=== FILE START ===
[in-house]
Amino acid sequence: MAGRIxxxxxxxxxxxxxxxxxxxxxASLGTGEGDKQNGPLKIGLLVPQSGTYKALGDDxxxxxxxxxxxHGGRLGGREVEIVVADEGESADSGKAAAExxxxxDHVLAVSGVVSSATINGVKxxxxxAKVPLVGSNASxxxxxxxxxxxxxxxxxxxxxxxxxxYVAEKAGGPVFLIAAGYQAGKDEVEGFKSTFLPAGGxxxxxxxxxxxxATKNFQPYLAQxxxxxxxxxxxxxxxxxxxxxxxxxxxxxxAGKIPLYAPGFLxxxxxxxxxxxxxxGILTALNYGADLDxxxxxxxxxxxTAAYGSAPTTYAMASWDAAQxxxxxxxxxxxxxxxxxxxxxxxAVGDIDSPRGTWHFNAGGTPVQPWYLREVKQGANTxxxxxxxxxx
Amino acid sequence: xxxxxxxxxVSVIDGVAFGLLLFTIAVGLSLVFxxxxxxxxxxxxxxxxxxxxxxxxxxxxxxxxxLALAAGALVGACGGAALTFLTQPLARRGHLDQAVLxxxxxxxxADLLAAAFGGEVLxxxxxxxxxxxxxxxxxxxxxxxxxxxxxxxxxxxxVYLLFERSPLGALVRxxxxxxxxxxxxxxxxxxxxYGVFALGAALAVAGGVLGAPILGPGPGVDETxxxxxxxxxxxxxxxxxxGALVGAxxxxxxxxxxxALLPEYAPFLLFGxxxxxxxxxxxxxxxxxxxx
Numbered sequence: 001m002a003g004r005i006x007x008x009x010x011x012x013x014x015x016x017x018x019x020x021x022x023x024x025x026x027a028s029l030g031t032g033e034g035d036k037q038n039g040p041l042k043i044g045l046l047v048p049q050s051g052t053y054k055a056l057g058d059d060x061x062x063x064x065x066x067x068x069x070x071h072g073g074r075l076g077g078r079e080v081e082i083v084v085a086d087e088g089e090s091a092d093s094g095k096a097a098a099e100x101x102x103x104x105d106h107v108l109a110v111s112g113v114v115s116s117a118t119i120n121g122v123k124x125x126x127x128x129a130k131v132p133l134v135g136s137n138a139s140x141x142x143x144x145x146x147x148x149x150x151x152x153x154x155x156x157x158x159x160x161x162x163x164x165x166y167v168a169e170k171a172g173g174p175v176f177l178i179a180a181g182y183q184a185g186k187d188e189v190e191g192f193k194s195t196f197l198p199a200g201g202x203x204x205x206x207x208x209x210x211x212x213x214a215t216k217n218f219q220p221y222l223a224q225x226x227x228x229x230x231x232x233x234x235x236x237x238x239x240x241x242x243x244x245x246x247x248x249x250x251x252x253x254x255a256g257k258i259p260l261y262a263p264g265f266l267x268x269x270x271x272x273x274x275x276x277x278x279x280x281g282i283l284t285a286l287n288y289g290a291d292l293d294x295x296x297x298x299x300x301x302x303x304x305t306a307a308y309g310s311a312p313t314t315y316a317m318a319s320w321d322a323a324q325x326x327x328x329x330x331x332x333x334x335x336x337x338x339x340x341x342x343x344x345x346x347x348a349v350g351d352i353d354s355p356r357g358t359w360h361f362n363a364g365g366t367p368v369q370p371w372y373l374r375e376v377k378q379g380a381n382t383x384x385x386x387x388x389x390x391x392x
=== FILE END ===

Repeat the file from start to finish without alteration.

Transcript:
[in-house]
Amino acid sequence: MAGRIxxxxxxxxxxxxxxxxxxxxxASLGTGEGDKQNGPLKIGLLVPQSGTYKALGDDxxxxxxxxxxxHGGRLGGREVEIVVADEGESADSGKAAAExxxxxDHVLAVSGVVSSATINGVKxxxxxAKVPLVGSNASxxxxxxxxxxxxxxxxxxxxxxxxxxYVAEKAGGPVFLIAAGYQAGKDEVEGFKSTFLPAGGxxxxxxxxxxxxATKNFQPYLAQxxxxxxxxxxxxxxxxxxxxxxxxxxxxxxAGKIPLYAPGFLxxxxxxxxxxxxxxGILTALNYGADLDxxxxxxxxxxxTAAYGSAPTTYAMASWDAAQxxxxxxxxxxxxxxxxxxxxxxxAVGDIDSPRGTWHFNAGGTPVQPWYLREVKQGANTxxxxxxxxxx
Amino acid sequence: xxxxxxxxxVSVIDGVAFGLLLFTIAVGLSLVFxxxxxxxxxxxxxxxxxxxxxxxxxxxxxxxxxLALAAGALVGACGGAALTFLTQPLARRGHLDQAVLxxxxxxxxADLLAAAFGGEVLxxxxxxxxxxxxxxxxxxxxxxxxxxxxxxxxxxxxVYLLFERSPLGALVRxxxxxxxxxxxxxxxxxxxxYGVFALGAALAVAGGVLGAPILGPGPGVDETxxxxxxxxxxxxxxxxxxGALVGAxxxxxxxxxxxALLPEYAPFLLFGxxxxxxxxxxxxxxxxxxxx
Numbered sequence: 001m002a003g004r005i006x007x008x009x010x011x012x013x014x015x016x017x018x019x020x021x022x023x024x025x026x027a028s029l030g031t032g033e034g035d036k037q038n039g040p041l042k043i044g045l046l047v048p049q050s051g052t053y054k055a056l057g058d059d060x061x062x063x064x065x066x067x068x069x070x071h072g073g074r075l076g077g078r079e080v081e082i083v084v085a086d087e088g089e090s091a092d093s094g095k096a097a098a099e100x101x102x103x104x105d106h107v108l109a110v111s112g113v114v115s116s117a118t119i120n121g122v123k124x125x126x127x128x129a130k131v132p133l134v135g136s137n138a139s140x141x142x143x144x145x146x147x148x149x150x151x152x153x154x155x156x157x158x159x160x161x162x163x164x165x166y167v168a169e170k171a172g173g174p175v176f177l178i179a180a181g182y183q184a185g186k187d188e189v190e191g192f193k194s195t196f197l198p199a200g201g202x203x204x205x206x207x208x209x210x211x212x213x214a215t216k217n218f219q220p221y222l223a224q225x226x227x228x229x230x231x232x233x234x235x236x237x238x239x240x241x242x243x244x245x246x247x248x249x250x251x252x253x254x255a256g257k258i259p260l261y262a263p264g265f266l267x268x269x270x271x272x273x274x275x276x277x278x279x280x281g282i283l284t285a286l287n288y289g290a291d292l293d294x295x296x297x298x299x300x301x302x303x304x305t306a307a308y309g310s311a312p313t314t315y316a317m318a319s320w321d322a323a324q325x326x327x328x329x330x331x332x333x334x335x336x337x338x339x340x341x342x343x344x345x346x347x348a349v350g351d352i353d354s355p356r357g358t359w360h361f362n363a364g365g366t367p368v369q370p371w372y373l374r375e376v377k378q379g380a381n382t383x384x385x386x387x388x389x390x391x392x